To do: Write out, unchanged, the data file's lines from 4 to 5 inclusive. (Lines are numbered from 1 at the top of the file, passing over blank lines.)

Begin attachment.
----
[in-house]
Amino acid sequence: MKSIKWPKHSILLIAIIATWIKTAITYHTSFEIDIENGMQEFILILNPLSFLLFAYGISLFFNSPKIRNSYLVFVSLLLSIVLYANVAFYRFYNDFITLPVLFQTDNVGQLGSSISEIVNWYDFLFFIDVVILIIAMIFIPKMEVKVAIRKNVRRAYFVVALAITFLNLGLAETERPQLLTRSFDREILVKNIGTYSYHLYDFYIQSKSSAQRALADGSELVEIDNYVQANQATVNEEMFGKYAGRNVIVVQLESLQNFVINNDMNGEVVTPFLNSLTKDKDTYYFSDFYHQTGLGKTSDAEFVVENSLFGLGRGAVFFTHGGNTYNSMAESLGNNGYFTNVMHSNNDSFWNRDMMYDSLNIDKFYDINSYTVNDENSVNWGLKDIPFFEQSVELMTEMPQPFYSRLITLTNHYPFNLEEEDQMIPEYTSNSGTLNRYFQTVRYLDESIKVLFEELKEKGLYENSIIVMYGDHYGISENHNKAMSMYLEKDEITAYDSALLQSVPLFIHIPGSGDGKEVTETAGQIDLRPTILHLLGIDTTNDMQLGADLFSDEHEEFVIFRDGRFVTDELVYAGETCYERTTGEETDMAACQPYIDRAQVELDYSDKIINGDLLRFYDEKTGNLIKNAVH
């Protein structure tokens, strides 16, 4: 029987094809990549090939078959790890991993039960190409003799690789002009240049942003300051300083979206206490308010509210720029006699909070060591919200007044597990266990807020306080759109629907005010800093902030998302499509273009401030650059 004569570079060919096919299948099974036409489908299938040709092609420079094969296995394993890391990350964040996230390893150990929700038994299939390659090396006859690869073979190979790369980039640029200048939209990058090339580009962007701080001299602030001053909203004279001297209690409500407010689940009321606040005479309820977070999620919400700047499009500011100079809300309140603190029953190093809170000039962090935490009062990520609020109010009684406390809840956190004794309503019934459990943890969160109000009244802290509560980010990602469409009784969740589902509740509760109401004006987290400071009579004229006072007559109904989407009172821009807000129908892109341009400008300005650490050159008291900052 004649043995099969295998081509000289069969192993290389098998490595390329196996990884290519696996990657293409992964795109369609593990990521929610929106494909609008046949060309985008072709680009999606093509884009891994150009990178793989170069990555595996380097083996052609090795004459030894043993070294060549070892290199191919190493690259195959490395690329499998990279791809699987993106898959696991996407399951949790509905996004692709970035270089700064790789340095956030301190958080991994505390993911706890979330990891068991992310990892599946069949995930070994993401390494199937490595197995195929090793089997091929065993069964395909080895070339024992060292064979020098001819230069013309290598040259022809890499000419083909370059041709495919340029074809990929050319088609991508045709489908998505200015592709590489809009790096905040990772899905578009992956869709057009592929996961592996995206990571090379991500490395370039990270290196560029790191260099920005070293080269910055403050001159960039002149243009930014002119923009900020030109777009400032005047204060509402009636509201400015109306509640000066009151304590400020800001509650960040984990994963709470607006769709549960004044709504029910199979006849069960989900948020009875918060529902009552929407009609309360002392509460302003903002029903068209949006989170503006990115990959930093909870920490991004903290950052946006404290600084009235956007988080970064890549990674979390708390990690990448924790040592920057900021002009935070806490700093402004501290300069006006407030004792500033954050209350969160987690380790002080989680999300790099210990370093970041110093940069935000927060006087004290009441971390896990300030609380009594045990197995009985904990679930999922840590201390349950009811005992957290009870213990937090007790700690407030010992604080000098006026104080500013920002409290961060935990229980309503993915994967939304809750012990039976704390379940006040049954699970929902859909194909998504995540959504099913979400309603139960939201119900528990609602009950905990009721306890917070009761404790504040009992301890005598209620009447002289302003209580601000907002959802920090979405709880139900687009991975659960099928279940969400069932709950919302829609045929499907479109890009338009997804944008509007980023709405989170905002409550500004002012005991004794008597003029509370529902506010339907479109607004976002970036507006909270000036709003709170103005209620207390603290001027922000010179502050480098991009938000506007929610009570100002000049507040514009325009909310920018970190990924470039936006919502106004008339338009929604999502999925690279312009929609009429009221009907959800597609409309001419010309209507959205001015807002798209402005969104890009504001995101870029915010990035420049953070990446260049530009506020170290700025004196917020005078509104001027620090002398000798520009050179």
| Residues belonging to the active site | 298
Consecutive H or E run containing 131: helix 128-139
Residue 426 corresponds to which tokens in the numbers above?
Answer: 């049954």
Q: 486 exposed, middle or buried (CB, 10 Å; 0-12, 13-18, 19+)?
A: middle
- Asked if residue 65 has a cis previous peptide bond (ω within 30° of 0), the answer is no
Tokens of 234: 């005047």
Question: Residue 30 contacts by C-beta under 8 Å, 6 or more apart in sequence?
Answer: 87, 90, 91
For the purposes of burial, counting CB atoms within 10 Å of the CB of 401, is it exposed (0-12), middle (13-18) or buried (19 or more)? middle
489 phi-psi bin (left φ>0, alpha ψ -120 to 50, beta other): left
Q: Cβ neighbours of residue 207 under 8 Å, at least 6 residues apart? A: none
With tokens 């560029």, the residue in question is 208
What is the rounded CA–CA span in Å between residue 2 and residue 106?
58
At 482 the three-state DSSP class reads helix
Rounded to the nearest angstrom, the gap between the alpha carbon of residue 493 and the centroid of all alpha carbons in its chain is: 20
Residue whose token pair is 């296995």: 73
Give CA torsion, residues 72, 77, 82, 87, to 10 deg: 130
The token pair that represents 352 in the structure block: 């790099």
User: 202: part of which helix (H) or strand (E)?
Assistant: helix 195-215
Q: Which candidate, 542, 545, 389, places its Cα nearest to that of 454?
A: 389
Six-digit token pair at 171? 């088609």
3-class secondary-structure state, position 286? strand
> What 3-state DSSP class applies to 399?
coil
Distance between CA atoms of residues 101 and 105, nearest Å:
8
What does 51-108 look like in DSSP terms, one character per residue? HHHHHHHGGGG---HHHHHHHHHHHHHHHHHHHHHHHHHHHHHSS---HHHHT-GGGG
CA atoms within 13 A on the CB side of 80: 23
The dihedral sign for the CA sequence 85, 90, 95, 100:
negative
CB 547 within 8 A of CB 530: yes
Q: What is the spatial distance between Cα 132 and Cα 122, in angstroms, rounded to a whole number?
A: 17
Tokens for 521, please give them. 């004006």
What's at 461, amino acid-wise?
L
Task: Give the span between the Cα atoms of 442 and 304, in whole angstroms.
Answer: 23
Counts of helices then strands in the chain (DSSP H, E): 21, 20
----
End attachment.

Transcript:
| Residues belonging to the active site | 298
Consecutive H or E run containing 131: helix 128-139